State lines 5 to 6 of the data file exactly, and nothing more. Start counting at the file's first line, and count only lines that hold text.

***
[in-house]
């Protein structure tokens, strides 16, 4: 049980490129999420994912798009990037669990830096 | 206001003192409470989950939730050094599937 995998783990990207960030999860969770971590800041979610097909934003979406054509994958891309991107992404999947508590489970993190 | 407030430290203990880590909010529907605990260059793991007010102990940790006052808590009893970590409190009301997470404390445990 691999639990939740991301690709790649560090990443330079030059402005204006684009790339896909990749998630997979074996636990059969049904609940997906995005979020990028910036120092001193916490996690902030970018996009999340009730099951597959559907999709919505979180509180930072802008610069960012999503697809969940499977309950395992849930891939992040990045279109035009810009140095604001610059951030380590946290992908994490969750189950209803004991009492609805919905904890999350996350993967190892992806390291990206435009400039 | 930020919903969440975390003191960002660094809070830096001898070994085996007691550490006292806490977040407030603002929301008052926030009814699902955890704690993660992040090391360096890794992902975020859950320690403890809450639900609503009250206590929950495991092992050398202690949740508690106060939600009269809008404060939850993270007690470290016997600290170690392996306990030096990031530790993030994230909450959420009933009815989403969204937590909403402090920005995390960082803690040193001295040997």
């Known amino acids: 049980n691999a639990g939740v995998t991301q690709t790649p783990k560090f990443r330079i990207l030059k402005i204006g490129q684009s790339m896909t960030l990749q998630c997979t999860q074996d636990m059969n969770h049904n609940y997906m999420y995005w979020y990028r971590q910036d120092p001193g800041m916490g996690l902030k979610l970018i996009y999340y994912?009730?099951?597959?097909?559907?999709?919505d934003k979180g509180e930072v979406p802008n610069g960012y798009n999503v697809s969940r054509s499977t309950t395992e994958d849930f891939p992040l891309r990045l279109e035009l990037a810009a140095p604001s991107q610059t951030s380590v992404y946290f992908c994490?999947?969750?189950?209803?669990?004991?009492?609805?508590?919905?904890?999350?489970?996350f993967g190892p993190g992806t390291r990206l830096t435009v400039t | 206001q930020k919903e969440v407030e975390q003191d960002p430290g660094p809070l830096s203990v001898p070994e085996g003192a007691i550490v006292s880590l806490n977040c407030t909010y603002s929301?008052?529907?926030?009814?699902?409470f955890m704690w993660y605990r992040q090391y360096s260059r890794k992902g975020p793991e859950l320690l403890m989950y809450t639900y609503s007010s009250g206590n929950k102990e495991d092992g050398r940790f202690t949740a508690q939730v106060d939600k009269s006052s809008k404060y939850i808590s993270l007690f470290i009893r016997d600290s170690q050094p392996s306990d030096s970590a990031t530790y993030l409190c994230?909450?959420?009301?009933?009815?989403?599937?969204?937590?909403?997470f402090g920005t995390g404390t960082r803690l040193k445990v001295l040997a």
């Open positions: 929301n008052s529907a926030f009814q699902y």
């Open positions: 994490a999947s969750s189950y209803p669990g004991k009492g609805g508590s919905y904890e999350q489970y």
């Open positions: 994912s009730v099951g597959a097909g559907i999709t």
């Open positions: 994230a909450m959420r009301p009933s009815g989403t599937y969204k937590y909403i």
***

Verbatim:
């Open positions: 994490a999947s969750s189950y209803p669990g004991k009492g609805g508590s919905y904890e999350q489970y």
């Open positions: 994912s009730v099951g597959a097909g559907i999709t």